that it is backwards compatible.

 

7.5.9 Additional mandatory operation added to interface

Often mandatory operations are added to an interface.  The Hotel service
decides to add an operation to the reservation service which is a
confirmation.   The Hotel service requires that all clients upgrade to
the new interface to use the service.  They have a variety of options
for indicating that the old interface is deprecated.

 

By the definition of interface inheritance, they cannot use interface
inheritance for defining the extension.

 

<interface name="reservationWithConfirmation"
extends="cc:creditCardFaults">

             . . . 

             <operation name="makeReservation"

 

                     <input messageLabel="In"
element="ghns:makeReservation" />

 

                     <output messageLabel="Out"

                             element="ghns:makeReservationResponse" />

 

                     <outfault ref="invalidDataFault" messageLabel="Out"
/>

 

                     <outfault ref="cc:cancelledCreditCard"
messageLabel="Out" />

                     <outfault ref="cc:expiredCreditCard"
messageLabel="Out" />

                     <outfault ref="cc:invalidCreditCardNumber"
messageLabel="Out" />

                     <outfault ref="cc:invalidExpirationDate"
messageLabel="Out" />

             </operation>

 

             <operation name="confirmReservation"

                     <input messageLabel="In"
element="ghns:makeReservationResponse" />

 

                     <output messageLabel="Out"

                             element="ghns:confirmReservationResponse"
/>

 

                     <outfault ref="expiredReservation"
messageLabel="Out" />

             </operation>

 

      </interface>

 

This interface cannot be bound and deployed at the existing URI and
indicate incompatibility, as the service will still accept the
makeReservation request.  Changing the name of the interface from
reservation to reservationWithConfirmation or changing the name of the
operation from makeReservation to makeReservationV2 does not affect the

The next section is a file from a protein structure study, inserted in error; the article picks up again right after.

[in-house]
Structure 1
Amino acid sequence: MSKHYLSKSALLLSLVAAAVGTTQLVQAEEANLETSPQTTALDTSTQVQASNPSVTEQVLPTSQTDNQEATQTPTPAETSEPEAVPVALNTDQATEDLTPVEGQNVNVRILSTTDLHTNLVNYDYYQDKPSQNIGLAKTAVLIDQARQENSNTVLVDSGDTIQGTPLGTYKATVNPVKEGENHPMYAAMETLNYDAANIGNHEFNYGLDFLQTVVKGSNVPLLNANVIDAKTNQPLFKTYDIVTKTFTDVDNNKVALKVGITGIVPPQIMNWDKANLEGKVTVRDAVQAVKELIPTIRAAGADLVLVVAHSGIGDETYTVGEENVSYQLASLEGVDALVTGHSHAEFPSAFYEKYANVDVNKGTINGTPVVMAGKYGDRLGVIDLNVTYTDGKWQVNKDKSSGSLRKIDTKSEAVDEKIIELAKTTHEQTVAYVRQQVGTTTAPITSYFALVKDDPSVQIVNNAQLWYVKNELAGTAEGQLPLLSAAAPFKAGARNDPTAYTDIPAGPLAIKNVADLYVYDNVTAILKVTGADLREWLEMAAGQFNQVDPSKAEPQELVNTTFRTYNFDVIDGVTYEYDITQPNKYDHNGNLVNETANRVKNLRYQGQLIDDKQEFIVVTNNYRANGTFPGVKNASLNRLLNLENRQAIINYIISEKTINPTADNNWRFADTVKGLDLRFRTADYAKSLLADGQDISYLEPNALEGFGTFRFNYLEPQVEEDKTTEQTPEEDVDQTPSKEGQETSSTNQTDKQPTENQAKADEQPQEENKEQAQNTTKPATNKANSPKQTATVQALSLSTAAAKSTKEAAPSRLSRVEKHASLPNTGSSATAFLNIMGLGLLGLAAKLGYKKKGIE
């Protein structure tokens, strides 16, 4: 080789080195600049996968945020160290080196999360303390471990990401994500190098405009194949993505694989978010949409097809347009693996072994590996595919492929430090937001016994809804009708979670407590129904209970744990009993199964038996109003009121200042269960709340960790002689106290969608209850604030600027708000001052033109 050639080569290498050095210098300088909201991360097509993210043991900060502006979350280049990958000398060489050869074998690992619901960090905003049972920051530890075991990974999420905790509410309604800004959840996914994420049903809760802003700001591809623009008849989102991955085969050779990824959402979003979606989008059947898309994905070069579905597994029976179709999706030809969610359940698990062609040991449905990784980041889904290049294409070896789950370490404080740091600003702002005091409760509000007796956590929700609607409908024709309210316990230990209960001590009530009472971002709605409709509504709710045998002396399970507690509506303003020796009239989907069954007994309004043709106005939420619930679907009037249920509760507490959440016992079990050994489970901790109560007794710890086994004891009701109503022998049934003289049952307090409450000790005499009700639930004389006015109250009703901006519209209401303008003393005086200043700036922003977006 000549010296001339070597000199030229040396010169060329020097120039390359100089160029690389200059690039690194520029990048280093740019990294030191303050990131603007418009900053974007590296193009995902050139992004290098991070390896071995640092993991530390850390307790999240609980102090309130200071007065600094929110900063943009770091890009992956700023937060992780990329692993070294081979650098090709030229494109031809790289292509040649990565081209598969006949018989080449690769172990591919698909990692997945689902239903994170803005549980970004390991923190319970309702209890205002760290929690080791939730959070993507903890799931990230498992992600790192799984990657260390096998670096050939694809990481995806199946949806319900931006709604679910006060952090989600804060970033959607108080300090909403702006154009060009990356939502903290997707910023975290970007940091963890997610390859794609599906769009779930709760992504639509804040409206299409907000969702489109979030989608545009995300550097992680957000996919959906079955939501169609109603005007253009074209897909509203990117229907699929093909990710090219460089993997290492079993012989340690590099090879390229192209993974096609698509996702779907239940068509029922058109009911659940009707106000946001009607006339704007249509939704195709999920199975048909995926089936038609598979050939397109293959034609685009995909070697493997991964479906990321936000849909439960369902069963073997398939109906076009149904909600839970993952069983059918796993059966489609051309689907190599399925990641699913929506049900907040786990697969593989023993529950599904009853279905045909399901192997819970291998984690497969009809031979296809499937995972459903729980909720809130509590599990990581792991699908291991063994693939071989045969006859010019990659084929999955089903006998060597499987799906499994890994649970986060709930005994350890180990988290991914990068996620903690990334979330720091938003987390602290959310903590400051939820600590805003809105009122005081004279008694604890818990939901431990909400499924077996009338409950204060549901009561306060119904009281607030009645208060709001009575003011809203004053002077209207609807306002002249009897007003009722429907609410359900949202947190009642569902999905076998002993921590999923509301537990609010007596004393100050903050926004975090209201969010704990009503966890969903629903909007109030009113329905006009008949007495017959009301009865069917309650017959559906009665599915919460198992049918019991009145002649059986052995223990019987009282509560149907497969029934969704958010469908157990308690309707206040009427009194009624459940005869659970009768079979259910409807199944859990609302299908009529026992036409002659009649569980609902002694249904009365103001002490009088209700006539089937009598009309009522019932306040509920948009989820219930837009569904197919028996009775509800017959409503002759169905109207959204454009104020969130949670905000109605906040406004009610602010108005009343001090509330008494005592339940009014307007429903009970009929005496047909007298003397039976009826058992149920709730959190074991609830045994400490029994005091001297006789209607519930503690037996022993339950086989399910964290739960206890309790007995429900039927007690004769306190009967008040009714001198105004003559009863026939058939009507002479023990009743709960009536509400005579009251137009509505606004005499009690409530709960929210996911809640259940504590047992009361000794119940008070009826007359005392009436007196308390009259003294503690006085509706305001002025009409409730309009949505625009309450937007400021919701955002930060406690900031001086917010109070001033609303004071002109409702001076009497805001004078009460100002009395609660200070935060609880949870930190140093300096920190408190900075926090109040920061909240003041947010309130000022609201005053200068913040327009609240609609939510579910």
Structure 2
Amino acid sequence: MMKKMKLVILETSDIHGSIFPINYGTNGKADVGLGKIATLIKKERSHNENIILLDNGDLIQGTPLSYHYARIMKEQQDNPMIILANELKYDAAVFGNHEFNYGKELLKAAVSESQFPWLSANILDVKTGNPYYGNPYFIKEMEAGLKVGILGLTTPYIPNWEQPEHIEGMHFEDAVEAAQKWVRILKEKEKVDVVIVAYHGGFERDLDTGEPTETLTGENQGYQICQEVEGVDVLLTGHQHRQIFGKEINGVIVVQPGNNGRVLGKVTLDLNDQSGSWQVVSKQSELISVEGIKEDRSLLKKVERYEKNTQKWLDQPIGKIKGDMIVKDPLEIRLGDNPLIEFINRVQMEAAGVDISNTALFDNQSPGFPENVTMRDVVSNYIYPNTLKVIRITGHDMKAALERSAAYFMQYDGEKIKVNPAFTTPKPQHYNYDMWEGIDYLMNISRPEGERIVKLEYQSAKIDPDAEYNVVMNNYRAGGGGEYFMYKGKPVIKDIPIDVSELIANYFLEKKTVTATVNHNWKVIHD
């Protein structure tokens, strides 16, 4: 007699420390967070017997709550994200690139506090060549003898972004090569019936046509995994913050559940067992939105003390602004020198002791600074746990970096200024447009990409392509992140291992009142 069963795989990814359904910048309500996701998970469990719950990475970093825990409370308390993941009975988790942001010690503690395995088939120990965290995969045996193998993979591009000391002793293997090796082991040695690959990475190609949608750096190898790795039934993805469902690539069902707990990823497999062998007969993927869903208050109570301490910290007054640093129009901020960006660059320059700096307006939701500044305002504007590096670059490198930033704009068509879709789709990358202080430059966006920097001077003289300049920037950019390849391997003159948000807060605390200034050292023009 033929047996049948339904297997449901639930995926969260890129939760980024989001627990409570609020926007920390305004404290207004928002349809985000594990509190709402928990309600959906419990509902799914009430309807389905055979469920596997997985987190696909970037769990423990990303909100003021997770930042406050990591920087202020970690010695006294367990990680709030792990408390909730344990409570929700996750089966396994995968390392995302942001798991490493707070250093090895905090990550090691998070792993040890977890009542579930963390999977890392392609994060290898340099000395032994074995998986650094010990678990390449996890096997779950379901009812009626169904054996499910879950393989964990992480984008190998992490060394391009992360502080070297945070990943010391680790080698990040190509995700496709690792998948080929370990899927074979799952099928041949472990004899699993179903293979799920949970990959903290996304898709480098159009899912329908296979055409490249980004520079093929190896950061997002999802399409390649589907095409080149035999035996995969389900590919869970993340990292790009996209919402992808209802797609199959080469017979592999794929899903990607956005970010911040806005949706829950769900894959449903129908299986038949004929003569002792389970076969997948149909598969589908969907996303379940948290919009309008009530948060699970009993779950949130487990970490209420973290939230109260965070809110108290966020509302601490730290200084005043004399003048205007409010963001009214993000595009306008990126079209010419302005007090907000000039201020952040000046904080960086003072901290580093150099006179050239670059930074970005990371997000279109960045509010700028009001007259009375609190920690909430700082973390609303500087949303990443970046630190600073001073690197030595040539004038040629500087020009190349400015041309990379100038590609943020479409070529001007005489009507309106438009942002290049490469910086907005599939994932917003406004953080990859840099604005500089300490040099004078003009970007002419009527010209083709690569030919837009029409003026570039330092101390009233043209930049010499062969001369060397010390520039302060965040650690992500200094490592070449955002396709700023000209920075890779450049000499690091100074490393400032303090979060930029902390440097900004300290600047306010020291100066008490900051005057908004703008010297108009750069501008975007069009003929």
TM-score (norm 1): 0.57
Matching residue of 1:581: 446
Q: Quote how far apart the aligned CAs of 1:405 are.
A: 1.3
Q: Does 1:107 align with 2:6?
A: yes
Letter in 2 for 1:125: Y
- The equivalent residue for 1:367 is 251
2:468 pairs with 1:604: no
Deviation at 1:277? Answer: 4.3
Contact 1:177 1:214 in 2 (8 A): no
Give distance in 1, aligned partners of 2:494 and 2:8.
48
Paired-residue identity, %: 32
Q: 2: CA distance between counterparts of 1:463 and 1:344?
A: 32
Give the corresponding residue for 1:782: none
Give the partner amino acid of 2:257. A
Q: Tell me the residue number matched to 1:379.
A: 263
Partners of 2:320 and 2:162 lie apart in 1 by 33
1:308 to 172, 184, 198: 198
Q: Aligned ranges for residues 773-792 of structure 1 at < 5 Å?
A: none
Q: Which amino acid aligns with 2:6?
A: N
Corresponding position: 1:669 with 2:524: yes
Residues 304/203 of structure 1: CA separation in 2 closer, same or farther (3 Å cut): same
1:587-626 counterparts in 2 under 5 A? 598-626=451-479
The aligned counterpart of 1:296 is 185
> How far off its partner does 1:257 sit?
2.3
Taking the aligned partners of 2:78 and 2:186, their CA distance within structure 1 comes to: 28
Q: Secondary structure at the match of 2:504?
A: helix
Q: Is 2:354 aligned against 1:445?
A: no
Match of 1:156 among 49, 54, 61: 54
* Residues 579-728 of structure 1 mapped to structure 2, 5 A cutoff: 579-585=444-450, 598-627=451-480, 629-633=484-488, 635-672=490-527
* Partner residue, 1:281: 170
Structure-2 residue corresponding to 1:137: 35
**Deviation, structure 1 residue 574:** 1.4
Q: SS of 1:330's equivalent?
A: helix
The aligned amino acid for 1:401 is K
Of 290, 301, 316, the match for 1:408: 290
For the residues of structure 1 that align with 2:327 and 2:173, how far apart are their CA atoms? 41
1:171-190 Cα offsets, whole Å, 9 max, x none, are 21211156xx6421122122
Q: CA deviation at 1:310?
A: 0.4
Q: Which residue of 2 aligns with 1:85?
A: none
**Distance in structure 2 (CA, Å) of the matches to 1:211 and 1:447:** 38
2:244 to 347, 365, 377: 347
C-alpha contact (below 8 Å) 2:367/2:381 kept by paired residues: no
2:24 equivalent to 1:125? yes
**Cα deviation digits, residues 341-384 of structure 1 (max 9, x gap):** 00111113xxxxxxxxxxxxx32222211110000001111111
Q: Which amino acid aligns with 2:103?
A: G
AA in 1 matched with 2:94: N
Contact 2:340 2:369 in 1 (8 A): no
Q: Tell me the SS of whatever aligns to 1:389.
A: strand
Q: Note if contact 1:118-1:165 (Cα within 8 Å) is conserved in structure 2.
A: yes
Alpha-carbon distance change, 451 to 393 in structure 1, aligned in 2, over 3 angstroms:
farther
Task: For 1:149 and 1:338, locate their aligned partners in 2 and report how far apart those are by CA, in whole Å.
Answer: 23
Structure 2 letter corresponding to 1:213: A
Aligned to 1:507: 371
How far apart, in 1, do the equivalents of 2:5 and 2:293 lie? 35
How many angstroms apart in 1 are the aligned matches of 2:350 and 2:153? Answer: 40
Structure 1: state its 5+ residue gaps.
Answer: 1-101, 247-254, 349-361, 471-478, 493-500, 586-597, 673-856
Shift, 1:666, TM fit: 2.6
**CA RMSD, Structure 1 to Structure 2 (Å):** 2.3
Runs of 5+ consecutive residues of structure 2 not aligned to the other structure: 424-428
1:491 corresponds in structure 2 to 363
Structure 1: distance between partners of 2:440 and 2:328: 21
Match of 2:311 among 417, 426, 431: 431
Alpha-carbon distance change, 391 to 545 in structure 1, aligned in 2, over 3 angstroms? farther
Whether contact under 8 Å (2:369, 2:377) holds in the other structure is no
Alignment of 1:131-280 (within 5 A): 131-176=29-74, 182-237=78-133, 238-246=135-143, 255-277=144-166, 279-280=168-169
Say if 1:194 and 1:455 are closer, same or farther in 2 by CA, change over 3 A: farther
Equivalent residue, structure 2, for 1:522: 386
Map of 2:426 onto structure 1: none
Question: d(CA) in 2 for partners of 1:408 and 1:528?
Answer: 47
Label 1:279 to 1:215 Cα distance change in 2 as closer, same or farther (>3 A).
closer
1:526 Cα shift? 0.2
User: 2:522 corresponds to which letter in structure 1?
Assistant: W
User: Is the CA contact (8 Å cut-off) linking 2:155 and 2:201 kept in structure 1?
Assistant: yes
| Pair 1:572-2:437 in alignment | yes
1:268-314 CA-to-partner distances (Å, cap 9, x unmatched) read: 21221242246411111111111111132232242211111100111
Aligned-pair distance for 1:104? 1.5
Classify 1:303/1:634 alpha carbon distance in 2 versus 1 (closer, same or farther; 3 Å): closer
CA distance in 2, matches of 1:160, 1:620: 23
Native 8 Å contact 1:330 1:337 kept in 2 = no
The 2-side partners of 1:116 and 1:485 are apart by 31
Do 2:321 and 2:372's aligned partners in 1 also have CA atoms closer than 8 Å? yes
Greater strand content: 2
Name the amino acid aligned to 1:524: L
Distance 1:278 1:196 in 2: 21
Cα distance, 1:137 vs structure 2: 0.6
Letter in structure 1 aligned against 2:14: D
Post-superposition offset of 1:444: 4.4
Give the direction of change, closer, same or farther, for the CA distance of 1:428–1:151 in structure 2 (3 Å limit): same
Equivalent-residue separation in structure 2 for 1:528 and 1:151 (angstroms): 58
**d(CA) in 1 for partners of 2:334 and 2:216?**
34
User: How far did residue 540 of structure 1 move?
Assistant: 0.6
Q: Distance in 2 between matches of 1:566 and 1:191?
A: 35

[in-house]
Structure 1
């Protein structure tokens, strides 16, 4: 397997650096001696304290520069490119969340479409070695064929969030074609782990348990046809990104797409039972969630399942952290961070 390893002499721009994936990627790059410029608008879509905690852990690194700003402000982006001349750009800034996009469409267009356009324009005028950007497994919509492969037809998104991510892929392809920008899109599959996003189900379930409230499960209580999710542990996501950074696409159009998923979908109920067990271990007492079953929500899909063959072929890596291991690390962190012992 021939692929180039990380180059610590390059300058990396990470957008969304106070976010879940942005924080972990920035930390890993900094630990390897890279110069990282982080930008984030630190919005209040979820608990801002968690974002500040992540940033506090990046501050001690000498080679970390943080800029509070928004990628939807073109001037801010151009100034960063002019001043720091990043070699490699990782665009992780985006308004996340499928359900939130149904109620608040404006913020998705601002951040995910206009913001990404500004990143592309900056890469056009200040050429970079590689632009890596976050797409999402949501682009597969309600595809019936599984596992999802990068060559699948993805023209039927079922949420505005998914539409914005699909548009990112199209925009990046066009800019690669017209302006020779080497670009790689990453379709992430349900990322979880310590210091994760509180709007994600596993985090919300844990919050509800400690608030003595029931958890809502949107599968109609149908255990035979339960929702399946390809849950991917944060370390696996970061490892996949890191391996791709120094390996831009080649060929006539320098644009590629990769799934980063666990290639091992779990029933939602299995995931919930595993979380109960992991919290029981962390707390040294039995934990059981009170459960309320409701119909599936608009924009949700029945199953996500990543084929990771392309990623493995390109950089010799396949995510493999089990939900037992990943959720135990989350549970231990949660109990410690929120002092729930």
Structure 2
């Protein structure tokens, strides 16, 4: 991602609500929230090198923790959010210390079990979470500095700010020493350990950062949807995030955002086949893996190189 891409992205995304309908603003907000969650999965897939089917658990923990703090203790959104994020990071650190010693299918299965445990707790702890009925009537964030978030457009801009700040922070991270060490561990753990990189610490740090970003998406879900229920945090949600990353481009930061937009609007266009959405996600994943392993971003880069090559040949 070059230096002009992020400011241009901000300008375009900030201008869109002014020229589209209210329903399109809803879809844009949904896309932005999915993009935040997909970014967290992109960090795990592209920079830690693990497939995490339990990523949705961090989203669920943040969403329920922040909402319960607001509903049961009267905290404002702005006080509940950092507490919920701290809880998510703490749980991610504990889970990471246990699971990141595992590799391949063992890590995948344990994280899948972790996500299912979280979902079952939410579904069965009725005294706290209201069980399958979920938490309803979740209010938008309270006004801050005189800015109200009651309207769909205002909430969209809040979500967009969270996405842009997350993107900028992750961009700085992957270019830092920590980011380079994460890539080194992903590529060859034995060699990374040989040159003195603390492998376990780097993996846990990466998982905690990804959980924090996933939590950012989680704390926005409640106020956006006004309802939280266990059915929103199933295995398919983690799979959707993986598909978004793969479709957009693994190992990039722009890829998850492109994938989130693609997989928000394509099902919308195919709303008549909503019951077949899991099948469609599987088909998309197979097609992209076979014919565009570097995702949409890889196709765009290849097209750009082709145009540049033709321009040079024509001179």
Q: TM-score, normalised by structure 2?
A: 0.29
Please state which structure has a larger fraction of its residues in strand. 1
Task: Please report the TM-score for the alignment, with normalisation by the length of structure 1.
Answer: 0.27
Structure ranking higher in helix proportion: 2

messages that are exchanged.  Thus it can't be used as a mechanism for
indicating incompatibility.  To indicate incompatibility, a change must
be made to something that appears in the message.  For a SOAP over HTTP
request, the list is roughly the URI, the SOAP Action HTTP Header, or
the Message content.

 

7.5.9.1 Indicating incompatibility by changing the endpoint URI.

To indicate incompatibility, the URI of the Hotel Endpoint can be
changed and messages send to the old Endpoint return a Fault.

 

7.5.9.2 Indicating incompatibility by changing the SOAP Action

The SOAP Action can be set for the makeReservation request, and making
it different than the earlier version should indicate incompatibility.

 

<binding name="reservationSOAPBinding" 

        interface="tns:reservationInterface"

        type="http://www.w3.org/2005/05/wsdl/soap"

        wsoap:protocol="http://www.w3.org/2003/05/soap/bindings/HTTP">

 

    <operation ref="tns:makeReservation"
wsoap:action="tns:makeReservationV2"/>

  . . .

</interface>

 

 

Note that this mechanism is applicable on a per-binding basis.  The SOAP
HTTP Binding provides for setting Action, but other bindings may not
provide such a facility.  

 

7.5.9.3 Indicating incompatibility by changing the element content

The namespace or name of the makeReservation element can be changed, and
then the interface and bindings changed.   To indicate incompatibility,
requests using the old makeReservation Qname should probably return a
fault.  The new interface, with a changed makeReservation, is:

 

 

<xs:element name="ghns2:makeReservation" type="ghns:tmakeReservation"/>

 

<interface . . .>

  . . .

             <input messageLabel="In" element="ghns2:makeReservation" />

 

The binding and service endpoints require no change.

 

Finally, the service could also provide an interface for
ghns:makeReservation that only returns a fault.

 

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Received on Tuesday, 14 June 2005 21:27:43 GMT